With the decline in the numbers of those doing the BPTC there has been a decline in the numbers of those Called to the Bar. For the three years starting in 2007-8 the majority of those Called were women (52 or 53%). In 2010-11, despite being a minority of those taking the BPTC, men were the majority (51/49) of those Called. In 2011, two thirds of those who were Called were British, and one third were non-UK nationals. In terms of ethnicity, 53.3% were white and 43.7% were BME.
For those who think that you stand a better chance of obtaining a pupillage if you study at a particular provider, it is striking to note that in 2010-11, 32.4% of pupils had obtained their pupillage before they started the BPTC. The number of first six month pupillages rose from 515 in 2005-6 to 562 in 2007-8 but have been in decline ever since. The steep drop (17.4%) occurred back in 2008-9 when the numbers fell from 562 to 464. Since then it has been steadier: 460 in 2009-10 and 446 in 2010-11 (3.8% fewer than in 2008-9). The number of second six month pupillages has also fallen from its 2007-8 peak (555) and in 2010-11 stood at 477, or 8% fewer than in 2008-9. In 2010-11 and for the first time in these statistics, there were more (541) new tenancies created than there were second six month pupillages (477).
In terms of gender, the proportions fluctuate widely from year to year, making the near-parity achieved in 2007-8 something of an aberration. In 2008-9 there were 280 men to 210 women; this altered radically in 2009-10 when there were 184 men to 223 women, a situation which reversed itself again in 2010-11 when there were 241 men and 181 women. In terms of ethnicity, the situation also fluctuates but the trend has been downwards: 107 pupils or 20.3% were BME in 2006-7 but only 58 or 13.1% in 2010-11. Although in each year the percentage of BME pupils was clearly above that in the Bar at large, it has been the case that they have not kept up their proportional share of pupillages while the raw numbers have declined. Bar Barometer does not break down the percentage of BME new tenants.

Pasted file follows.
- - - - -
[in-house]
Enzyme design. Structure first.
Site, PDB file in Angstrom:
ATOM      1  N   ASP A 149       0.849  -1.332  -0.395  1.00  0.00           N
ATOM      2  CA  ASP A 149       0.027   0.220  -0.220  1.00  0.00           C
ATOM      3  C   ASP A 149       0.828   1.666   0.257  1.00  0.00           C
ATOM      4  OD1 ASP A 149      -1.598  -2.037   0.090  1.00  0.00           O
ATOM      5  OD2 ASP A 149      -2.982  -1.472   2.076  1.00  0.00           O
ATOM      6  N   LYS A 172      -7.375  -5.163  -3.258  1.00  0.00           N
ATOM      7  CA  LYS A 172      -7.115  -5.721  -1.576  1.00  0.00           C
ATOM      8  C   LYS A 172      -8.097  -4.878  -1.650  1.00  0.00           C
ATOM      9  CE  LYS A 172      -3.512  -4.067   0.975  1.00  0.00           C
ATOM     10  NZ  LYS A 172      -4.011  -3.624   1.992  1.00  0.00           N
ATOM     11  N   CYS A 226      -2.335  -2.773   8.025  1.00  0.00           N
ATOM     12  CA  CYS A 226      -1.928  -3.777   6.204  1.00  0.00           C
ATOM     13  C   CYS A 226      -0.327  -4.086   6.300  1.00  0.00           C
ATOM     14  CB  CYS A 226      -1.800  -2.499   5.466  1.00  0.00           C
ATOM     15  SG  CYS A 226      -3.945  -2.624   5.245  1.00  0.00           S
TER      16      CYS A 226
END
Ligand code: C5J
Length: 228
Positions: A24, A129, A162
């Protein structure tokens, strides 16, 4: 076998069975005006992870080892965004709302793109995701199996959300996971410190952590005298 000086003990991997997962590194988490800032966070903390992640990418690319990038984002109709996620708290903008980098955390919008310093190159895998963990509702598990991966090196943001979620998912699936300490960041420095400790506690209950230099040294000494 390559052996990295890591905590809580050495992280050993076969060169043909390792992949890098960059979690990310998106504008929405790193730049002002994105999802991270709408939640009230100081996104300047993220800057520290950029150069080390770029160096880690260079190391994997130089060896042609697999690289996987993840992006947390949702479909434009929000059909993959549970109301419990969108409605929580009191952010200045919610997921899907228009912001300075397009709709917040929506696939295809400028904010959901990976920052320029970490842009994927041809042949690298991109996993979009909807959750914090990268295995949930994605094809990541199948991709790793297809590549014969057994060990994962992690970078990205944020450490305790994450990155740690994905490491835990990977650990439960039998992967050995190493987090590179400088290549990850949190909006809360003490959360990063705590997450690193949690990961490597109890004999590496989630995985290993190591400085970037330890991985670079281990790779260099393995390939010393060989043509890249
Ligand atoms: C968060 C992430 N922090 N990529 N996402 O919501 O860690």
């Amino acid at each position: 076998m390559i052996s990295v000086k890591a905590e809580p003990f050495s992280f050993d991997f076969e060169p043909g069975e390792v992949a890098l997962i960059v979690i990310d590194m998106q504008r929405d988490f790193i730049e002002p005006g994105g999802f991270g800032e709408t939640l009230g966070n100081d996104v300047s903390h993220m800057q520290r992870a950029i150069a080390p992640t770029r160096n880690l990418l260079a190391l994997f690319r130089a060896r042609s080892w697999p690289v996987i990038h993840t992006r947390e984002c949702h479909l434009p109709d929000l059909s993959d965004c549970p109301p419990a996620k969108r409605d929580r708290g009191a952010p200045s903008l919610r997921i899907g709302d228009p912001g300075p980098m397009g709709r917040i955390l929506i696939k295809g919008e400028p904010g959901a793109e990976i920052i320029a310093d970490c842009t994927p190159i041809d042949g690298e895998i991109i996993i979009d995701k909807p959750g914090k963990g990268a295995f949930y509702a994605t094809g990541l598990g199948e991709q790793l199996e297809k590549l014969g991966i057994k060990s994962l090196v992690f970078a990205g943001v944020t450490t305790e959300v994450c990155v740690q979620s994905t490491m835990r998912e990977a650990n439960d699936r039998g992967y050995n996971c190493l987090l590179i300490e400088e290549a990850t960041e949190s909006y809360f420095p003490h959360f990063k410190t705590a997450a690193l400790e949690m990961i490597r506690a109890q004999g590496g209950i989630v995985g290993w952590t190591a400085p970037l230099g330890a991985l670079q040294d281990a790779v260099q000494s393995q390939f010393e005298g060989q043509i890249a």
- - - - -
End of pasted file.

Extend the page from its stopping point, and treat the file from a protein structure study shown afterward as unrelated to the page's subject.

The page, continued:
Whatever the future of the publicly funded criminal Bar, the most popular choice amongst the pupils is criminal law: 28.6% did a criminal pupillage, with commercial law coming second at 14% and general common law at 12.8%.
The academic record of those who obtain pupillages is outstanding. 34.9% had Firsts (a jump of 11.4% over the previous year) and 54.5% upper seconds. In the BPTC, 23.2% received an Outstanding mark while 61.3% were found to be Very Competent. Where they were educated remains weighted: 34.5% went to Oxford or Cambridge; next was Bristol (3.6%) and Durham (3.1%). 55.9% went to a state school; 39.6% went to a fee paying school. Barristers’ Working Lives, published a year ago, details which disciplines within the Bar have the highest and lowest percentages of Firsts, Oxbridge graduates, state vs. fee paying school leavers and indeed women and BME barristers.
The picture of the indebted student is true, for a majority. The largest group of pupils (22.5%) had no debt at all and a further 2.5% had debts of less than £1000. However 15.3% had debts of £1000-9,999, 21.7% had debts of £10,000 to 19,999, 15.5% had debts of £20,000 to 29,000 and 10.6% had debts of £30,000-39,999. 6.1% had debts above £40,000.
Insofar as one can infer social background, 81% came from a professional background; 5% had a lawyer parent. Pupils unsurprisingly are young: 34% are under 25, and a further 53% are 25-34. Only 7.9% stated that they had children.
What statistics tell us is what we make of them. Bar Barometer should be read alongside Barristers’ Working Lives to get the fullest picture of who we are. The Bar has not dwindled quite yet. It is becoming more diverse and the academic record of those who want to join the Bar remains very high.
David Wurtzel is the consultant editor of Counsel